Despite the Colley family remaining neutral during the Civil War, the Missouri Union Militia sets fire to their home, leaving young Adair with only her two sisters. Together the three set out to navigate war-torn Missouri – an environment so inhospitable it makes Armageddon seem manageable. Adair is brave and intelligent, but the threats that surround her create an unbeatable monster. Once separated from her sisters, she’s sent to prison in St. Louis on charges of treason. Author Paulette Jiles dramatizes this little known piece of the Civil War – that women were held captive – with bold realism. Luckily Adiar meets someone who can help her, which is lucky for us too, as her friendship offers readers a cheerful break in an otherwise tragic tale.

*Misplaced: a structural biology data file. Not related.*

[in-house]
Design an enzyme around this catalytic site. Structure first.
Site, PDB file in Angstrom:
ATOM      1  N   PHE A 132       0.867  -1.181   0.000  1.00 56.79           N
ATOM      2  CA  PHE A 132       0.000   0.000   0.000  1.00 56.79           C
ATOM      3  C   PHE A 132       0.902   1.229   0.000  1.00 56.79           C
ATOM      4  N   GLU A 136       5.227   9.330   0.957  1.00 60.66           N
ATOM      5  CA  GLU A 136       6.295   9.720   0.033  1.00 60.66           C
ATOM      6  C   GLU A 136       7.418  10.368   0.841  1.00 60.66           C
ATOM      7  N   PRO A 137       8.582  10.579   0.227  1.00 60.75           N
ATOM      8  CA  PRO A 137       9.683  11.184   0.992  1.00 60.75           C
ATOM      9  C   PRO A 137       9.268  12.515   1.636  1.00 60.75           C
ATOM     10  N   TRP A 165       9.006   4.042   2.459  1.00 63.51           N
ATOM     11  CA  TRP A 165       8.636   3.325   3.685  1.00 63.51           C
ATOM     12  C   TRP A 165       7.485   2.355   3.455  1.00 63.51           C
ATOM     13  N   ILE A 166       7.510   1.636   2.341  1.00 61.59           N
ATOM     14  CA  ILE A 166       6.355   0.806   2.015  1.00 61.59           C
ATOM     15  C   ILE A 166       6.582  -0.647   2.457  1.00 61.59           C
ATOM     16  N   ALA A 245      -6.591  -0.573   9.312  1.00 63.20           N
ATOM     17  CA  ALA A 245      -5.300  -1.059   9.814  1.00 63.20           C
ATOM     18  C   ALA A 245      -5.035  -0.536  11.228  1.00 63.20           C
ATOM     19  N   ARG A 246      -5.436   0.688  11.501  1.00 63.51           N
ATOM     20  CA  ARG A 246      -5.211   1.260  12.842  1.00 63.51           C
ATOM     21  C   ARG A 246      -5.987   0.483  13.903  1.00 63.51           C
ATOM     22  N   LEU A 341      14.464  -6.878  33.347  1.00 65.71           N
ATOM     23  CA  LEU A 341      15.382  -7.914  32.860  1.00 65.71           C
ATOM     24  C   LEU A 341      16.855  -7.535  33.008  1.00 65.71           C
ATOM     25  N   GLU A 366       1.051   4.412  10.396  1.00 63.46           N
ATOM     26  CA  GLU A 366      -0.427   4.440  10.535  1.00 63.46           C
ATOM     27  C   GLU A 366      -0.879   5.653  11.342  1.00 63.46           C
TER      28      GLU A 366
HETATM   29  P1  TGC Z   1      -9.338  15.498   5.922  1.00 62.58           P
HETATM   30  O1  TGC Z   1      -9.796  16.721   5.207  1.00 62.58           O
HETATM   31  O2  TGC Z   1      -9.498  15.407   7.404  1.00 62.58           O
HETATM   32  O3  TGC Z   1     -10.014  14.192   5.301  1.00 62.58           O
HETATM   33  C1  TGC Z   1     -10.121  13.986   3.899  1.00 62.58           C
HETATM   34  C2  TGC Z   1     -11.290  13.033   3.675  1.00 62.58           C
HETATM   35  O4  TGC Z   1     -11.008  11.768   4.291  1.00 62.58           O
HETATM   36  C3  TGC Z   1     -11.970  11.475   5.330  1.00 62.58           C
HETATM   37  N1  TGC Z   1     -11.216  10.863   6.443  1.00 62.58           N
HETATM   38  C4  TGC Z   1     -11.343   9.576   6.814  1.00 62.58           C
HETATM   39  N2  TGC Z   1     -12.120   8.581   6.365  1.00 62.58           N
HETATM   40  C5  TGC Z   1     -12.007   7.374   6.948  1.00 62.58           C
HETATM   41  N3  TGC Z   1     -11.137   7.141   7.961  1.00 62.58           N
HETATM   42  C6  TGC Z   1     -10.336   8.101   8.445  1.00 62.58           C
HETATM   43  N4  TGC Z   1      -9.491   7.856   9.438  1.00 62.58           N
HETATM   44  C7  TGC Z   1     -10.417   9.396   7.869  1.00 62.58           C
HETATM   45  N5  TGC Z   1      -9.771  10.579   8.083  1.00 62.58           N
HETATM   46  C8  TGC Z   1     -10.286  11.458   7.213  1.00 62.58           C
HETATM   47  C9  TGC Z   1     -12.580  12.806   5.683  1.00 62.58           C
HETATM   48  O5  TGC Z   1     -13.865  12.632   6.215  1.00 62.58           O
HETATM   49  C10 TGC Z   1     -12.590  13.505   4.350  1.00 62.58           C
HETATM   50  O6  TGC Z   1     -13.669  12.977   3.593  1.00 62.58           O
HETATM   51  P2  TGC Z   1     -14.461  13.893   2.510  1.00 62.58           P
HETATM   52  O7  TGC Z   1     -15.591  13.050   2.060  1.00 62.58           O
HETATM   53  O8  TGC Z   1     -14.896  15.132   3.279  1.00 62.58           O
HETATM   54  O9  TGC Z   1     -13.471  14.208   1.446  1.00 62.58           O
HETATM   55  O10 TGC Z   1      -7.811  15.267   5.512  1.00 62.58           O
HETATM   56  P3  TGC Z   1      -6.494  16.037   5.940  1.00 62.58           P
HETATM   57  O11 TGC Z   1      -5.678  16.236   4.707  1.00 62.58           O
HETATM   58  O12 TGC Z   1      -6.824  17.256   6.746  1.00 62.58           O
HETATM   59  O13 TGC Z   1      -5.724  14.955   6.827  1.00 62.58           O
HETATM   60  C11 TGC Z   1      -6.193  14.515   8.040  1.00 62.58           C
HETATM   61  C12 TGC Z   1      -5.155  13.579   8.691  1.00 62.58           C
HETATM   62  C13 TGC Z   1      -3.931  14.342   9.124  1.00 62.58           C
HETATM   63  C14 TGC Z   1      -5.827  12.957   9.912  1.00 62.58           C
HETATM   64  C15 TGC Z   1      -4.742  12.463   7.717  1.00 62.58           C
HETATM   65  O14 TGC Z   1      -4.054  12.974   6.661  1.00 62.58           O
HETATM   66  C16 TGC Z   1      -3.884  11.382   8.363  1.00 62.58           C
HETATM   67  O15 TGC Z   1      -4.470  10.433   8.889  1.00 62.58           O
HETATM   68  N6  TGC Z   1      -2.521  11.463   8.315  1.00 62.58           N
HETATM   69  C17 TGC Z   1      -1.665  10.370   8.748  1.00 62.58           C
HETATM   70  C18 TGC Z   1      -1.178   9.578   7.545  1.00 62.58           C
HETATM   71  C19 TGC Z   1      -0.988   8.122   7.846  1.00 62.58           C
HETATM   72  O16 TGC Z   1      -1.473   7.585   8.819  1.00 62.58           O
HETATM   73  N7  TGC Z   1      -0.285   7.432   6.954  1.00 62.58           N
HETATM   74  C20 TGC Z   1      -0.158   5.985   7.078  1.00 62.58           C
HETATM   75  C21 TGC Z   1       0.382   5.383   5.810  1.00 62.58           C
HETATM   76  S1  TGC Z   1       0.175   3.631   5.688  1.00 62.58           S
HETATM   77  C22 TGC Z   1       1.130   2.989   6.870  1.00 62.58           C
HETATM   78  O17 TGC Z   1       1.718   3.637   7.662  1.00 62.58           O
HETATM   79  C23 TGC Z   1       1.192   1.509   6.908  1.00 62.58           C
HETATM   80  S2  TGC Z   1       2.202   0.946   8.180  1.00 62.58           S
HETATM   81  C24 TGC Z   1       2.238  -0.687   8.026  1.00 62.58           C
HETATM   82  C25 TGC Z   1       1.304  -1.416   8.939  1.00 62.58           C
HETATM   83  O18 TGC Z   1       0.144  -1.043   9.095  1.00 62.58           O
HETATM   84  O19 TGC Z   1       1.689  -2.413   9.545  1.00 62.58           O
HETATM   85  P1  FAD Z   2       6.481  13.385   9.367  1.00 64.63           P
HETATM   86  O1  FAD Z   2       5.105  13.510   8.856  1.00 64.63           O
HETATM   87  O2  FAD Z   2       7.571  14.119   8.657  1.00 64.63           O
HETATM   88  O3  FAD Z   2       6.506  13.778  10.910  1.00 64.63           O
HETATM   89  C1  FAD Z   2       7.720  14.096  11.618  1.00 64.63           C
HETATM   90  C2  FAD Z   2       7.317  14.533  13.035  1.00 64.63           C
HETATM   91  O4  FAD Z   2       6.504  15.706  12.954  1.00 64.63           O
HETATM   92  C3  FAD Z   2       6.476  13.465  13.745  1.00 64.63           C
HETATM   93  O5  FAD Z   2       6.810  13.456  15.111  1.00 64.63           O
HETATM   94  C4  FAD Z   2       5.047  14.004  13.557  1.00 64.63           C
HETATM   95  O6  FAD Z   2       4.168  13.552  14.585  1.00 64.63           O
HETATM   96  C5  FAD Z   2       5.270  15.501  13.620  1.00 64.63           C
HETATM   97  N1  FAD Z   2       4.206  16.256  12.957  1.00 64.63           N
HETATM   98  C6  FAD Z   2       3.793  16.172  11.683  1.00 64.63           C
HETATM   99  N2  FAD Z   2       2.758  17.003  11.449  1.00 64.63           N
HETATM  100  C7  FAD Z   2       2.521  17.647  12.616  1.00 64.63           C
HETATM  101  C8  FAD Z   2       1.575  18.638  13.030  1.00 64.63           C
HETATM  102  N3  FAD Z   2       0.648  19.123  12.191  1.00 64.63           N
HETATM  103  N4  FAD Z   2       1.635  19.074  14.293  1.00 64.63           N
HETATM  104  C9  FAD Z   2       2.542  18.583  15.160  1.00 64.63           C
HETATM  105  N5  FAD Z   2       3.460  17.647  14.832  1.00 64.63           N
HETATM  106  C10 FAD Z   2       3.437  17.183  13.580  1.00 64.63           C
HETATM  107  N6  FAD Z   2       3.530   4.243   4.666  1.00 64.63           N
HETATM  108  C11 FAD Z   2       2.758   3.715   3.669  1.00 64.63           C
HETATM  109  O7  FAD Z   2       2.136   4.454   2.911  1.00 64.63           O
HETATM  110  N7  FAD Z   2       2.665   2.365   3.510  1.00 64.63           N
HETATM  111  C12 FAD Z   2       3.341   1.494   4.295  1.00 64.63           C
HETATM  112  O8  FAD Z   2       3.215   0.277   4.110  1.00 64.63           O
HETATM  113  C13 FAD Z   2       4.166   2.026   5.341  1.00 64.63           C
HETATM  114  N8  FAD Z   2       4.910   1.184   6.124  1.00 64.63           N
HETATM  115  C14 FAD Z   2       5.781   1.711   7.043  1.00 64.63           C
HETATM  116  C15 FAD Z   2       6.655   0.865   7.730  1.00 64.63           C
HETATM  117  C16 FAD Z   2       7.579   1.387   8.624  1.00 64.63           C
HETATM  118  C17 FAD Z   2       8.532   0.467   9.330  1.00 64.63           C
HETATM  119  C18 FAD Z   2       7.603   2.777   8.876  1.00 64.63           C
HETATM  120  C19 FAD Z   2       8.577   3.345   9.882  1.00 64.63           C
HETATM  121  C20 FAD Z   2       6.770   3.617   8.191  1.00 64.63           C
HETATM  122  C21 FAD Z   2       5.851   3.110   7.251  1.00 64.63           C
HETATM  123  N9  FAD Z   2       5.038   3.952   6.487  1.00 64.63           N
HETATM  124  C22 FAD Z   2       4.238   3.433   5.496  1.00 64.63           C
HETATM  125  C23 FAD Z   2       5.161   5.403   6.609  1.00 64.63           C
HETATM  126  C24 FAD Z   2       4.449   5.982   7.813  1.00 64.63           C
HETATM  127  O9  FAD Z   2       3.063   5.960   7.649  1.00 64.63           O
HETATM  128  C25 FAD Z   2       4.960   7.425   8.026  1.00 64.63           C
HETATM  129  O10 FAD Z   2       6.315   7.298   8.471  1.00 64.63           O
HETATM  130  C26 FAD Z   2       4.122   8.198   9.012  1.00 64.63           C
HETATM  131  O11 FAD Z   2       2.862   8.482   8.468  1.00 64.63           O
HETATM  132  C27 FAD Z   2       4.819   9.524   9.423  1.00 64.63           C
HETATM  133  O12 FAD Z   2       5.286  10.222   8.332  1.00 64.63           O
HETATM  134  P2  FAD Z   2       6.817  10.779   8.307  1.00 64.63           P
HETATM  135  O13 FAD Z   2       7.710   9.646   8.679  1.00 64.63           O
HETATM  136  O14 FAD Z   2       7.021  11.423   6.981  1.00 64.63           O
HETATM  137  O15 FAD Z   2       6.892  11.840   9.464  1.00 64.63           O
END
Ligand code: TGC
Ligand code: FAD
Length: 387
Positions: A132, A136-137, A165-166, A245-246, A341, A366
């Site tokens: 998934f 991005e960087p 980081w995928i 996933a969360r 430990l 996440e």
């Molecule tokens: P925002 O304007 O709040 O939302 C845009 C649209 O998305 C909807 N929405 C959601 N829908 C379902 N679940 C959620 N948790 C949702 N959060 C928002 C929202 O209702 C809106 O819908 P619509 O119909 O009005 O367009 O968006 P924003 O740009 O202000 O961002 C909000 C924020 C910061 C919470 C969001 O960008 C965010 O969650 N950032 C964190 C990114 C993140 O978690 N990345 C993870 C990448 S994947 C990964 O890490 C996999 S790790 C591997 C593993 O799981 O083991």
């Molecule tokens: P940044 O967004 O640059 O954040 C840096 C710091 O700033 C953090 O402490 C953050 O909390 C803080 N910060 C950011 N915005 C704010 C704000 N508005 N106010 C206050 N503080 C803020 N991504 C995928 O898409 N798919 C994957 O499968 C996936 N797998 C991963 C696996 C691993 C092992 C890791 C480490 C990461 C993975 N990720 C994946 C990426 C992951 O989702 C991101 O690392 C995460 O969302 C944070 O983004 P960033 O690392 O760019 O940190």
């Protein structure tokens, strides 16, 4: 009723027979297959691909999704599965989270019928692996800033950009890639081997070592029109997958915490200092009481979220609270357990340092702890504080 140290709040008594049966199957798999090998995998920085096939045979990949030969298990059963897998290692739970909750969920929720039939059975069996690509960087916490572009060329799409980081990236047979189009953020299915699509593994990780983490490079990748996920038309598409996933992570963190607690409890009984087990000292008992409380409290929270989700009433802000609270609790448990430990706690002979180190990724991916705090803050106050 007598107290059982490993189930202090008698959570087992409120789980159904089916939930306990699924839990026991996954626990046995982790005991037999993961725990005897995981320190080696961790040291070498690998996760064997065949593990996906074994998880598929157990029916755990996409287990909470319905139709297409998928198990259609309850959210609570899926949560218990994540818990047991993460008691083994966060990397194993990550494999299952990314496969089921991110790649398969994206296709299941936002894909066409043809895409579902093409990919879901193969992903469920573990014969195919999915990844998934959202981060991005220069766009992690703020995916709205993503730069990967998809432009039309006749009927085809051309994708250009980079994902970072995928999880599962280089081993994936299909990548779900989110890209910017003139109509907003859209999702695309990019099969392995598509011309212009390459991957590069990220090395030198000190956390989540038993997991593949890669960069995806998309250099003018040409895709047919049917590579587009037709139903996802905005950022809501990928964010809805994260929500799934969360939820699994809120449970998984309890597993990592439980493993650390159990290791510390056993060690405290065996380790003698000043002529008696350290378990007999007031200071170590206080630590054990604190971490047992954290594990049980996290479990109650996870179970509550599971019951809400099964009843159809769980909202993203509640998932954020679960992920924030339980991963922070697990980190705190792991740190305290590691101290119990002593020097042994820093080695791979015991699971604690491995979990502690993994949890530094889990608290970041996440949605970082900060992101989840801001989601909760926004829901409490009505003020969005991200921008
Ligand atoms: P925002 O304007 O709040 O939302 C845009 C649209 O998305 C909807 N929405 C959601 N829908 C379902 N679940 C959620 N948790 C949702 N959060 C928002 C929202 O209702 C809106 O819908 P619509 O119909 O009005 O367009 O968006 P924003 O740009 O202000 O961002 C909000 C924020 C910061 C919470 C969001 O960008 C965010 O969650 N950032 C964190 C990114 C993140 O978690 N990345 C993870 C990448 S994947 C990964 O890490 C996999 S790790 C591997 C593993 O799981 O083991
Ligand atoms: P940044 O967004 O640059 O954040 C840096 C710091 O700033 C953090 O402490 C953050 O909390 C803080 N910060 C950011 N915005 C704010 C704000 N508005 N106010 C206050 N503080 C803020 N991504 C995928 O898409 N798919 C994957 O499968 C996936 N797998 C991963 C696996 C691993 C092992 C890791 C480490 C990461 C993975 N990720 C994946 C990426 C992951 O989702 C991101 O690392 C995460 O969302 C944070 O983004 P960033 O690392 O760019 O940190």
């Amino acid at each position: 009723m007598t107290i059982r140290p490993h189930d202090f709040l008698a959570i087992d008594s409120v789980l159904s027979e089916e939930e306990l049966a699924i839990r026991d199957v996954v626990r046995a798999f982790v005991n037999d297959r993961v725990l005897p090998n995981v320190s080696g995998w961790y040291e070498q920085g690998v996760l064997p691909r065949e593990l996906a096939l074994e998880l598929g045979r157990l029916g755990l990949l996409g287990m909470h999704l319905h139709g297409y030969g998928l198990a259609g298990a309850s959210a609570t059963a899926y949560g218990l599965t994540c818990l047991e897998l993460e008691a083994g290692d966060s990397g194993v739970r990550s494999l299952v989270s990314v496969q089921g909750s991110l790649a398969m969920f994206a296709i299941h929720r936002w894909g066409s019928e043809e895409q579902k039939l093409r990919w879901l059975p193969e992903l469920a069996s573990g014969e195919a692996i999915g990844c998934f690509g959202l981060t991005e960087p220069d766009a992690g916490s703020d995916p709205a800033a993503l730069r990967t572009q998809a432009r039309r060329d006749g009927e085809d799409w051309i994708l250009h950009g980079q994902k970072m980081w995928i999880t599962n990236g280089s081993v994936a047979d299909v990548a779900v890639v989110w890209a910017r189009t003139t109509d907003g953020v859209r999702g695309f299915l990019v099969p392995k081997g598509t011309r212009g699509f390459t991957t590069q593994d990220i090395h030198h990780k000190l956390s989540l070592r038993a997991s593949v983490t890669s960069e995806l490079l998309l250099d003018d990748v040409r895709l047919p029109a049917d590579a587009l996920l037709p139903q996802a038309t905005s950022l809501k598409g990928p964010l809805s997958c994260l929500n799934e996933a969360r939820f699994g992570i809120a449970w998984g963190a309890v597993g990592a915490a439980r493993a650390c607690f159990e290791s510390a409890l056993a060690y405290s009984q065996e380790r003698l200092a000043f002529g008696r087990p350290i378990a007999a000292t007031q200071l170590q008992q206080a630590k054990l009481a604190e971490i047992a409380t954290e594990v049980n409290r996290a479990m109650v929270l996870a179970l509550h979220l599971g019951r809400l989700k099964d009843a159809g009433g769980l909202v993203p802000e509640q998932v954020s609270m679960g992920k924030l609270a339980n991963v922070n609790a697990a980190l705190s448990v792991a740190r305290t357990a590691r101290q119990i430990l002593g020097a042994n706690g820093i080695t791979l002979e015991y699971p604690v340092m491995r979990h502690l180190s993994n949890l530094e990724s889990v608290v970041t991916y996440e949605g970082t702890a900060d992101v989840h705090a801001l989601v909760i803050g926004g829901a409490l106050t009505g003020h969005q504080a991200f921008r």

Those who like historical fiction will appreciate Jiles’ descriptions of the Civil War in the Ozarks and how it affected a number of unlucky women. And if the reader knows the Ozarks well, he or she will have found an author who describes the landscape from the eyes of someone who grew up in the area and evokes its beauty with poetic care. Enemy Women is a compelling novel, very much worth reading.